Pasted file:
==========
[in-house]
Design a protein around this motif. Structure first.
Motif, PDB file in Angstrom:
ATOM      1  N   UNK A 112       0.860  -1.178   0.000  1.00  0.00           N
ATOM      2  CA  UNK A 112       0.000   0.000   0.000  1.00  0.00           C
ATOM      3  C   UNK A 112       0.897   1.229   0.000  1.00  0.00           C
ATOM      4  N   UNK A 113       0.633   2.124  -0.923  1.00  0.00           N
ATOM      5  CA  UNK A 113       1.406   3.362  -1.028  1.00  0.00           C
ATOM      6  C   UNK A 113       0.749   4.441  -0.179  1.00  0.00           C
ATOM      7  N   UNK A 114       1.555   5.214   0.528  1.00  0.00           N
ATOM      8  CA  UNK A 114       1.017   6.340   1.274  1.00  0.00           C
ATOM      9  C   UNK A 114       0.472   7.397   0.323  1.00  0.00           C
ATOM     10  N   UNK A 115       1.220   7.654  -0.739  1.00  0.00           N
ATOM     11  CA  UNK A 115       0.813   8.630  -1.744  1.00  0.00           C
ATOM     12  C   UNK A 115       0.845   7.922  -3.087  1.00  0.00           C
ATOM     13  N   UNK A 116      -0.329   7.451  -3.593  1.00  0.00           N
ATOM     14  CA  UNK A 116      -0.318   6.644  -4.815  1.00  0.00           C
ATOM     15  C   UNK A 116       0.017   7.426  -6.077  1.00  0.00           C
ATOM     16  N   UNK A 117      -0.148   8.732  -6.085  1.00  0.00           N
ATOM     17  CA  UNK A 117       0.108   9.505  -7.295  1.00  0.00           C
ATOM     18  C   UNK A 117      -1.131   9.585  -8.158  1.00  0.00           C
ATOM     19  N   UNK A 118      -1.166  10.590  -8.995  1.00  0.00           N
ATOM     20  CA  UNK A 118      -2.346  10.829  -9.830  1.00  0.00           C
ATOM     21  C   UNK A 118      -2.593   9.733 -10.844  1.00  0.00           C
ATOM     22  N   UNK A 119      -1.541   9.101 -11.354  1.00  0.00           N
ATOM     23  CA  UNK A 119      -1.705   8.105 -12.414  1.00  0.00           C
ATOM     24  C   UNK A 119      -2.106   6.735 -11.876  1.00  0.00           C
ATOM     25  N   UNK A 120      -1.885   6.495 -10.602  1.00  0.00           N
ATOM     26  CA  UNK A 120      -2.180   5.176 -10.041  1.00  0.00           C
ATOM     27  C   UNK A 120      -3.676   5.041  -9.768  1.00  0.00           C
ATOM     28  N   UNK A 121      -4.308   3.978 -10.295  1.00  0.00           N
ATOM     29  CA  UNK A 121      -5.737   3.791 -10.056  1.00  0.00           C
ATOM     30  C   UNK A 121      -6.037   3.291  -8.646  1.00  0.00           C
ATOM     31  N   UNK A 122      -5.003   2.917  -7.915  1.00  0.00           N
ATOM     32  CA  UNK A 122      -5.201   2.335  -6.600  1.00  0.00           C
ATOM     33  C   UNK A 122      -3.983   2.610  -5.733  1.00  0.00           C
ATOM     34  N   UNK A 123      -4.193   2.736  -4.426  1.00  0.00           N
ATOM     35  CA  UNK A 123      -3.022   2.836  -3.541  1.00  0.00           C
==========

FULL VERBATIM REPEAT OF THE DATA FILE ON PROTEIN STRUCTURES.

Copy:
[in-house]
Design a protein around this motif. Structure first.
Motif, PDB file in Angstrom:
ATOM      1  N   UNK A 112       0.860  -1.178   0.000  1.00  0.00           N
ATOM      2  CA  UNK A 112       0.000   0.000   0.000  1.00  0.00           C
ATOM      3  C   UNK A 112       0.897   1.229   0.000  1.00  0.00           C
ATOM      4  N   UNK A 113       0.633   2.124  -0.923  1.00  0.00           N
ATOM      5  CA  UNK A 113       1.406   3.362  -1.028  1.00  0.00           C
ATOM      6  C   UNK A 113       0.749   4.441  -0.179  1.00  0.00           C
ATOM      7  N   UNK A 114       1.555   5.214   0.528  1.00  0.00           N
ATOM      8  CA  UNK A 114       1.017   6.340   1.274  1.00  0.00           C
ATOM      9  C   UNK A 114       0.472   7.397   0.323  1.00  0.00           C
ATOM     10  N   UNK A 115       1.220   7.654  -0.739  1.00  0.00           N
ATOM     11  CA  UNK A 115       0.813   8.630  -1.744  1.00  0.00           C
ATOM     12  C   UNK A 115       0.845   7.922  -3.087  1.00  0.00           C
ATOM     13  N   UNK A 116      -0.329   7.451  -3.593  1.00  0.00           N
ATOM     14  CA  UNK A 116      -0.318   6.644  -4.815  1.00  0.00           C
ATOM     15  C   UNK A 116       0.017   7.426  -6.077  1.00  0.00           C
ATOM     16  N   UNK A 117      -0.148   8.732  -6.085  1.00  0.00           N
ATOM     17  CA  UNK A 117       0.108   9.505  -7.295  1.00  0.00           C
ATOM     18  C   UNK A 117      -1.131   9.585  -8.158  1.00  0.00           C
ATOM     19  N   UNK A 118      -1.166  10.590  -8.995  1.00  0.00           N
ATOM     20  CA  UNK A 118      -2.346  10.829  -9.830  1.00  0.00           C
ATOM     21  C   UNK A 118      -2.593   9.733 -10.844  1.00  0.00           C
ATOM     22  N   UNK A 119      -1.541   9.101 -11.354  1.00  0.00           N
ATOM     23  CA  UNK A 119      -1.705   8.105 -12.414  1.00  0.00           C
ATOM     24  C   UNK A 119      -2.106   6.735 -11.876  1.00  0.00           C
ATOM     25  N   UNK A 120      -1.885   6.495 -10.602  1.00  0.00           N
ATOM     26  CA  UNK A 120      -2.180   5.176 -10.041  1.00  0.00           C
ATOM     27  C   UNK A 120      -3.676   5.041  -9.768  1.00  0.00           C
ATOM     28  N   UNK A 121      -4.308   3.978 -10.295  1.00  0.00           N
ATOM     29  CA  UNK A 121      -5.737   3.791 -10.056  1.00  0.00           C
ATOM     30  C   UNK A 121      -6.037   3.291  -8.646  1.00  0.00           C
ATOM     31  N   UNK A 122      -5.003   2.917  -7.915  1.00  0.00           N
ATOM     32  CA  UNK A 122      -5.201   2.335  -6.600  1.00  0.00           C
ATOM     33  C   UNK A 122      -3.983   2.610  -5.733  1.00  0.00           C
ATOM     34  N   UNK A 123      -4.193   2.736  -4.426  1.00  0.00           N
ATOM     35  CA  UNK A 123      -3.022   2.836  -3.541  1.00  0.00           C